Omnichannel Marketing: The Solution as Diverse as Consumers’ Habits

By | January 23, 2017
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Tom AlexanderThis is a guest post from Tom Alexander, founder and CEO of PK4 Media, an omnichannel media company located in El Segundo, Calif. He can be reached on LinkedInTwitter, and Google+.

Omnichannel marketing presents consumers with one clear, unified message across all platforms. Whether your client’s target consumer is on her phone, her laptop, or her couch with the TV in front of her, an omnichannel campaign will reach her. The idea is that each platform provides lift to the others, increasing user engagement, brand awareness and, of course, sales.

But this type of marketing, while seemingly commonsense, is not so widely used. Agencies are often structured to focus messages on individual platforms.

The idea that any one consumer engages with only one platform is unrealistic — leaning on that concept won’t push clients’ marketing strategies to their full potential. Consumers often bounce between devices and look up products online before setting foot in a store. Omnichannel marketing helps brands connect with consumers more closely.

At the same time, this method tests which channels provide the greatest return. With these insights, agencies can optimize the channels that consumers are engaging with most and adjust other channels to benefit those with the greatest ROI. It’s a dual victory.

But building this strategy from scratch isn’t easy. The complexity of creating one message that resonates across multiple platforms and implementing an attribution model to track engagement across those platforms sometimes prevents brands from looking forward to omnichannel marketing’s benefits.

That doesn’t place success out of reach, however. The agencies that are successful follow these six steps when creating and implementing their cross-platform strategies:

1. Dive Deep Into Your Client’s Image

The most important part is keeping your client’s overall brand in mind when setting the strategy for an omnichannel campaign. If your client’s ideal consumers recalled just one aspect of a campaign, what should they remember? What emotions or new information should the audience leave with? This should be the easy part as you create a single message unified across platforms — you just need to identify that message.

2. Identify the Target Market

Determining the consumers your client wants to reach is an important step in any campaign’s creation, but it’s even more essential in omnichannel marketing. In addition to knowing the client’s general demographic, psychographic and geographic data, you also need to know consumers’ behavioral tendencies and how they engage with each platform.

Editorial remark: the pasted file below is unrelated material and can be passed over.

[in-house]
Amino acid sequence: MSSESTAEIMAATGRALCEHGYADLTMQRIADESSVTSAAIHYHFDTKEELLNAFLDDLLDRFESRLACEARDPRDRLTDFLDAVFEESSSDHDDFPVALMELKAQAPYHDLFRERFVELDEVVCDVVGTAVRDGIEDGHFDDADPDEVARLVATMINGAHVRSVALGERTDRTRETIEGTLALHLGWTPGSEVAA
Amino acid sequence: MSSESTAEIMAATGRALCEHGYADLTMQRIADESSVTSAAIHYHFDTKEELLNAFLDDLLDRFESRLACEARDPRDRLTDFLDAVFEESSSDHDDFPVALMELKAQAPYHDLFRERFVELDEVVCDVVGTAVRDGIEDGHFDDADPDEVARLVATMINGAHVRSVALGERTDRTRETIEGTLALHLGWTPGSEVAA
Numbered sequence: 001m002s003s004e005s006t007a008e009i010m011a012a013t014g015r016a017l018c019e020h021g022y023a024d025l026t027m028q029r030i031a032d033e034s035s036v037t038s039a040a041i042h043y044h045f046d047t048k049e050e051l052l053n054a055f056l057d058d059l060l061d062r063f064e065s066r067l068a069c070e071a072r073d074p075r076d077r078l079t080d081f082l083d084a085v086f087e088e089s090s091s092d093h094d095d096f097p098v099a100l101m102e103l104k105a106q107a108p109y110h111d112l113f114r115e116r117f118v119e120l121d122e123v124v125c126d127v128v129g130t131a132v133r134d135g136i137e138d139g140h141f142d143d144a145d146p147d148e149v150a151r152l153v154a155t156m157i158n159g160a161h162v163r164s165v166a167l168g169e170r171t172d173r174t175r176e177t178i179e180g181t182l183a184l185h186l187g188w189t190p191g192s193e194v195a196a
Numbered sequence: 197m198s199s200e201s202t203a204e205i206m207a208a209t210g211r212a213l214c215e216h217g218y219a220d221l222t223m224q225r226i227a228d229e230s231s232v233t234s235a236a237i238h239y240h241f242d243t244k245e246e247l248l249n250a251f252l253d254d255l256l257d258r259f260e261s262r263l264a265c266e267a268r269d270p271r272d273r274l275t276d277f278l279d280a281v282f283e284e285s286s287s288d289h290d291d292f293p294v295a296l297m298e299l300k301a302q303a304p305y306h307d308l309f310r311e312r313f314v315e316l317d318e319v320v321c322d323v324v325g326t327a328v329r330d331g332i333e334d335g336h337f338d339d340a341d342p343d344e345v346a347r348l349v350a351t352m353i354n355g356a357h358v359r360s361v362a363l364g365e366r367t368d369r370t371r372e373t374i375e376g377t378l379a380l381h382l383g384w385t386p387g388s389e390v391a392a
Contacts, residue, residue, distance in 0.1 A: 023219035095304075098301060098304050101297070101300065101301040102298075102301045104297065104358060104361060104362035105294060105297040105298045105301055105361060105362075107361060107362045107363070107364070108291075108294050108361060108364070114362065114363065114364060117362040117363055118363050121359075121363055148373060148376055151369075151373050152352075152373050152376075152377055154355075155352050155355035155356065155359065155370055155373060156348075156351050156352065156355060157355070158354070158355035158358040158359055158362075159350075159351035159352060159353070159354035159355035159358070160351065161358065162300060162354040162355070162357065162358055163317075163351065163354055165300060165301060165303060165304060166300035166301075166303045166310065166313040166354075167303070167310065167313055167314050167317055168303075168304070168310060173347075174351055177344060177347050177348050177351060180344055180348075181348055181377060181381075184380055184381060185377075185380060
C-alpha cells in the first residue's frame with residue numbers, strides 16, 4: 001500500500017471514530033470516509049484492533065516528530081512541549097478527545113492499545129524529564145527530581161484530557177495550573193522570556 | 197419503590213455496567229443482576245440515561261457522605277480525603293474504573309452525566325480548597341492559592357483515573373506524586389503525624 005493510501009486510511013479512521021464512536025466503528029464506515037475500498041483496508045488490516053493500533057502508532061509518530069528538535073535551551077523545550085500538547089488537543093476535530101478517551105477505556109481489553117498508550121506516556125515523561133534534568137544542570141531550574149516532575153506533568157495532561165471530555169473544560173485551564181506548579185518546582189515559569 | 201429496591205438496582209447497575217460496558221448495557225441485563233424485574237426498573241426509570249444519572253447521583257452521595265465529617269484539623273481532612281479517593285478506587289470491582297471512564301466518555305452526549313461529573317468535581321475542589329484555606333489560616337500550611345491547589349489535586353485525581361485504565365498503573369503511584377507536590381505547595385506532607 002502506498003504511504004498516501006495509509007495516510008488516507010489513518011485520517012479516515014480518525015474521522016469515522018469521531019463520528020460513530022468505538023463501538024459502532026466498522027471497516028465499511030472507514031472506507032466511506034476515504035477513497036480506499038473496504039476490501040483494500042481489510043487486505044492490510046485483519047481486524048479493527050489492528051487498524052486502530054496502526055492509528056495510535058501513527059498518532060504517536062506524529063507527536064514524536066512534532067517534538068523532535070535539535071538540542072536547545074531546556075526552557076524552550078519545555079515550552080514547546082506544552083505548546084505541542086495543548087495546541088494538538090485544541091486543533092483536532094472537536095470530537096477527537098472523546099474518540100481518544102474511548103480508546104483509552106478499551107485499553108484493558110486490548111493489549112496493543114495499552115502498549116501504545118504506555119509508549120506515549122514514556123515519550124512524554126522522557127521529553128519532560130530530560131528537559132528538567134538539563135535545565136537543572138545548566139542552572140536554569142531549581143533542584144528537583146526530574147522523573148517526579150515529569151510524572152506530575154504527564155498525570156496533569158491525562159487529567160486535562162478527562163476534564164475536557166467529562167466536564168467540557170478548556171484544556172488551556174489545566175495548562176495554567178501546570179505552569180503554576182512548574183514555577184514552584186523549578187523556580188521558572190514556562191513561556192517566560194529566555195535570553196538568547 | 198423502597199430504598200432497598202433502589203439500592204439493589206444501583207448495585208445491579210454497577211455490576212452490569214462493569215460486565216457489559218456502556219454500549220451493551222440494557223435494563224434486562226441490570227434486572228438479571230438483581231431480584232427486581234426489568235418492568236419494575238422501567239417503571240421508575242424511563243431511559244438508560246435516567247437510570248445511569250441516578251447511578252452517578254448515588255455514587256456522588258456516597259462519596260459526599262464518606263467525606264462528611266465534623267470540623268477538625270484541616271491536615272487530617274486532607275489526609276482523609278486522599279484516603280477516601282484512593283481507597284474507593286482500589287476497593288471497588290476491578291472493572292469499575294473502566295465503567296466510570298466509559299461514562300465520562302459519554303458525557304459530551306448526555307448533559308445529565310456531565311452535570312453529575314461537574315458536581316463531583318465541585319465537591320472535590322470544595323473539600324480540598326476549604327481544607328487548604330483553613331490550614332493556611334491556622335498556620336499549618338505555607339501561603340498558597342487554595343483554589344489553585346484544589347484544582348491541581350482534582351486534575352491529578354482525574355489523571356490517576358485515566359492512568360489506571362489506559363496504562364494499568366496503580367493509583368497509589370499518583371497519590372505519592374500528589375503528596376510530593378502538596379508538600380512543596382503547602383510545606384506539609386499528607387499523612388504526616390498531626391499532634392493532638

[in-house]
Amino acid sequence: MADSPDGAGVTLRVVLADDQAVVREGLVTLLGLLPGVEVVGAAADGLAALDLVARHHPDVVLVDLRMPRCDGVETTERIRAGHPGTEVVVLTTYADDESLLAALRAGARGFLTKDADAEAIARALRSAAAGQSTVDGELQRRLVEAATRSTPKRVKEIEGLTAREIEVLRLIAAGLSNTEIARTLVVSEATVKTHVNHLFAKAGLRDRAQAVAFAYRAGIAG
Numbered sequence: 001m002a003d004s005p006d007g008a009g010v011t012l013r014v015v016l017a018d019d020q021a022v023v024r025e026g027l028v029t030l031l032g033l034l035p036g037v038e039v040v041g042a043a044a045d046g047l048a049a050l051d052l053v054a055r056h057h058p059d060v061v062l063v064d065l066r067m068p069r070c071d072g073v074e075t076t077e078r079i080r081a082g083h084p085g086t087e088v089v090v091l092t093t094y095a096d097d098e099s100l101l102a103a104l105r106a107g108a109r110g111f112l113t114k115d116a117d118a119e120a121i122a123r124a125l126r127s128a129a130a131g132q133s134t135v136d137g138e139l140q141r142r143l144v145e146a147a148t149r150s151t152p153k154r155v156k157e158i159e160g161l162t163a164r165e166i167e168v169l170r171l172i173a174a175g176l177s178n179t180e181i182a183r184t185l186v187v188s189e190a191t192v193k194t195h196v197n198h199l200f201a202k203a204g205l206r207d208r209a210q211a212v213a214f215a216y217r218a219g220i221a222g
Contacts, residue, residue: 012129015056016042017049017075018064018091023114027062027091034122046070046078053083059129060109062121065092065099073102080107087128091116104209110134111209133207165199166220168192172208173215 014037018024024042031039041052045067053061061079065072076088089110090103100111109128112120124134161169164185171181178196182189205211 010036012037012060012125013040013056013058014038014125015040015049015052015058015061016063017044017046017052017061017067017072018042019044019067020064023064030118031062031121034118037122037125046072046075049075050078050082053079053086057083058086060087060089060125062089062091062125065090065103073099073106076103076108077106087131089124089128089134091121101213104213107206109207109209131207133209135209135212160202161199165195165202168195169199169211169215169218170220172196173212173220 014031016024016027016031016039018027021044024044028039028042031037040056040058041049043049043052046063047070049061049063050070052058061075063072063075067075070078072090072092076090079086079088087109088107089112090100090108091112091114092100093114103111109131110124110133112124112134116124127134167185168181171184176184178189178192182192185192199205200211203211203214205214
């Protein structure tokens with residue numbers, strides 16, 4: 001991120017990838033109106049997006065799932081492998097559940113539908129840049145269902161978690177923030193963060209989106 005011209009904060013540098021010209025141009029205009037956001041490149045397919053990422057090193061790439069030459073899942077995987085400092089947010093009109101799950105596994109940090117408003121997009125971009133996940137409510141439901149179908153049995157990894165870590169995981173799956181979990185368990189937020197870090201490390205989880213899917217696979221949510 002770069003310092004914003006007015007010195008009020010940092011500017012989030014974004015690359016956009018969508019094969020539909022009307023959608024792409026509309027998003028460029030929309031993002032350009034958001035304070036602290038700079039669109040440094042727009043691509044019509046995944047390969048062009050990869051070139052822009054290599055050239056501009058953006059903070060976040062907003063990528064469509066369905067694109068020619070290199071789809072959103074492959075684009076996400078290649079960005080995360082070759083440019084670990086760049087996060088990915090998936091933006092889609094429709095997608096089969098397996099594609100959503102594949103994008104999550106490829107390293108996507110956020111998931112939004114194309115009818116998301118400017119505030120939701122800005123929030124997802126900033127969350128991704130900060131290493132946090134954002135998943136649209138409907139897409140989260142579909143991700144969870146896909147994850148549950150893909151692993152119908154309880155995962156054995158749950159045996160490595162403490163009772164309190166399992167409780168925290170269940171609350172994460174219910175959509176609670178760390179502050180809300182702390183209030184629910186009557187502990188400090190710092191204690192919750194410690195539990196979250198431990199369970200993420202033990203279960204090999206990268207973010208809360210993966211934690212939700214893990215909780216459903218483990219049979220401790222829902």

3. Know What You’re Looking For

Before creating any content, marketers must set objectives for the campaign. Does the brand want to generate more engagements, video completion rates, click-through rates or conversions? The objectives will determine which channels would be most relevant for the omnichannel campaign.

4. Understand Each Channel For What It Is

While the message may span multiple channels, the creativity often cannot. Once you’ve determined the objectives and channels, flesh out the creative force behind each channel. Each platform has its own specific set of creative needs to be successful—what works for television won’t always work for mobile—so it’s important to give specialized attention to each.

5. Integrate with Partners

Data management is arguably the toughest part of mastering omnichannel. You want to track and analyze your client’s data in such a way that you can guide the audience through the sales funnel. If your team is short on time or resources for data tracking, look for a partner who can track and analyze the data from every channel, ideally through one core platform. For those who find omnichannel management overwhelming, this makes keeping your client’s campaign on track much simpler.

6. Keep Your Data Tags in Order

Last but not least, make sure the data tracking is functioning the way it should be. The campaign’s data tags, which let you keep track of information like how much time users spend on a channel or where they’re located, must be in working order for you to get an accurate read on how your campaign is faring. Agencies should test each of the campaign’s data tags before the campaign goes live.

A solid omnichannel strategy won’t come on a silver platter, but it’s worth the effort it requires. After all, consumers don’t engage with brands in a vacuum—and your client’s marketing strategy shouldn’t, either.